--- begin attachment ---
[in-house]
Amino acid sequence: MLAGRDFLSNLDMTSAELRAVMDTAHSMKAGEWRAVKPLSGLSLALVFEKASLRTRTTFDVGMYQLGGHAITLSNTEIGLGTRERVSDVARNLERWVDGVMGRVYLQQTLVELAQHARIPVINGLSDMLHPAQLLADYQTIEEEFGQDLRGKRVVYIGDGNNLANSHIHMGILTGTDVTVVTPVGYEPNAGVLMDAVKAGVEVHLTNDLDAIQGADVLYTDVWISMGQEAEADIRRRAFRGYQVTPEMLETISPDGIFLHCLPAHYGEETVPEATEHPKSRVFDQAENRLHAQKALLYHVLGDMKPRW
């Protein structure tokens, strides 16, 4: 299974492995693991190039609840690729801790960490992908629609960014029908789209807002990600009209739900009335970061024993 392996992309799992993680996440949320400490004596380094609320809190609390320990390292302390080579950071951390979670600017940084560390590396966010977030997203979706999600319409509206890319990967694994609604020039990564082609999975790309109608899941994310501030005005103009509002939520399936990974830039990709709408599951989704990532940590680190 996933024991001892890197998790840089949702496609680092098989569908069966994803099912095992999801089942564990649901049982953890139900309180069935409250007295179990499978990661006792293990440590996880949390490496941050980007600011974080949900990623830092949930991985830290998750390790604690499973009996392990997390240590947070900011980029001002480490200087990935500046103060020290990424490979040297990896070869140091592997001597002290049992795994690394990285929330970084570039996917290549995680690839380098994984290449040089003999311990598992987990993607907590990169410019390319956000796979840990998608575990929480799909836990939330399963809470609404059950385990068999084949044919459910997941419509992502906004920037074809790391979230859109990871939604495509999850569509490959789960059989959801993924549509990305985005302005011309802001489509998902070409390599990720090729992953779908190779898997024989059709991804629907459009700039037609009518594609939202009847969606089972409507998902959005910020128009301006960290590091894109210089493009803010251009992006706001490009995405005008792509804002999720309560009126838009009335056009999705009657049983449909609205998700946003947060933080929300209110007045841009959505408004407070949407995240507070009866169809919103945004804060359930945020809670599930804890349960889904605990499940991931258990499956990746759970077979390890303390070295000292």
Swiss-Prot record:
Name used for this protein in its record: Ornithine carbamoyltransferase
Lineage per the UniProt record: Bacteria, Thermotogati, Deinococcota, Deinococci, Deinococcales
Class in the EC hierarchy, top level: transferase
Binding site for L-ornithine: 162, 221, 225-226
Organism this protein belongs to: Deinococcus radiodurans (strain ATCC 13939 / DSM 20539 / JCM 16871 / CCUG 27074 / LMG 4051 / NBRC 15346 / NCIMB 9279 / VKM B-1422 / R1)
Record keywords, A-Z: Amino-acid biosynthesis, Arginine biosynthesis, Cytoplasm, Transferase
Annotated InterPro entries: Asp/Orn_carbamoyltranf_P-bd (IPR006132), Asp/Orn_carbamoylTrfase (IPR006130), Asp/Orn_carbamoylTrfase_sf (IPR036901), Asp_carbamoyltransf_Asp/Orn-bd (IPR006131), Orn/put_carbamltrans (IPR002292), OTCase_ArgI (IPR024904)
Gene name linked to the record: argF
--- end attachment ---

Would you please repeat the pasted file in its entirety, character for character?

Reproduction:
[in-house]
Amino acid sequence: MLAGRDFLSNLDMTSAELRAVMDTAHSMKAGEWRAVKPLSGLSLALVFEKASLRTRTTFDVGMYQLGGHAITLSNTEIGLGTRERVSDVARNLERWVDGVMGRVYLQQTLVELAQHARIPVINGLSDMLHPAQLLADYQTIEEEFGQDLRGKRVVYIGDGNNLANSHIHMGILTGTDVTVVTPVGYEPNAGVLMDAVKAGVEVHLTNDLDAIQGADVLYTDVWISMGQEAEADIRRRAFRGYQVTPEMLETISPDGIFLHCLPAHYGEETVPEATEHPKSRVFDQAENRLHAQKALLYHVLGDMKPRW
């Protein structure tokens, strides 16, 4: 299974492995693991190039609840690729801790960490992908629609960014029908789209807002990600009209739900009335970061024993 392996992309799992993680996440949320400490004596380094609320809190609390320990390292302390080579950071951390979670600017940084560390590396966010977030997203979706999600319409509206890319990967694994609604020039990564082609999975790309109608899941994310501030005005103009509002939520399936990974830039990709709408599951989704990532940590680190 996933024991001892890197998790840089949702496609680092098989569908069966994803099912095992999801089942564990649901049982953890139900309180069935409250007295179990499978990661006792293990440590996880949390490496941050980007600011974080949900990623830092949930991985830290998750390790604690499973009996392990997390240590947070900011980029001002480490200087990935500046103060020290990424490979040297990896070869140091592997001597002290049992795994690394990285929330970084570039996917290549995680690839380098994984290449040089003999311990598992987990993607907590990169410019390319956000796979840990998608575990929480799909836990939330399963809470609404059950385990068999084949044919459910997941419509992502906004920037074809790391979230859109990871939604495509999850569509490959789960059989959801993924549509990305985005302005011309802001489509998902070409390599990720090729992953779908190779898997024989059709991804629907459009700039037609009518594609939202009847969606089972409507998902959005910020128009301006960290590091894109210089493009803010251009992006706001490009995405005008792509804002999720309560009126838009009335056009999705009657049983449909609205998700946003947060933080929300209110007045841009959505408004407070949407995240507070009866169809919103945004804060359930945020809670599930804890349960889904605990499940991931258990499956990746759970077979390890303390070295000292």
Swiss-Prot record:
Name used for this protein in its record: Ornithine carbamoyltransferase
Lineage per the UniProt record: Bacteria, Thermotogati, Deinococcota, Deinococci, Deinococcales
Class in the EC hierarchy, top level: transferase
Binding site for L-ornithine: 162, 221, 225-226
Organism this protein belongs to: Deinococcus radiodurans (strain ATCC 13939 / DSM 20539 / JCM 16871 / CCUG 27074 / LMG 4051 / NBRC 15346 / NCIMB 9279 / VKM B-1422 / R1)
Record keywords, A-Z: Amino-acid biosynthesis, Arginine biosynthesis, Cytoplasm, Transferase
Annotated InterPro entries: Asp/Orn_carbamoyltranf_P-bd (IPR006132), Asp/Orn_carbamoylTrfase (IPR006130), Asp/Orn_carbamoylTrfase_sf (IPR036901), Asp_carbamoyltransf_Asp/Orn-bd (IPR006131), Orn/put_carbamltrans (IPR002292), OTCase_ArgI (IPR024904)
Gene name linked to the record: argF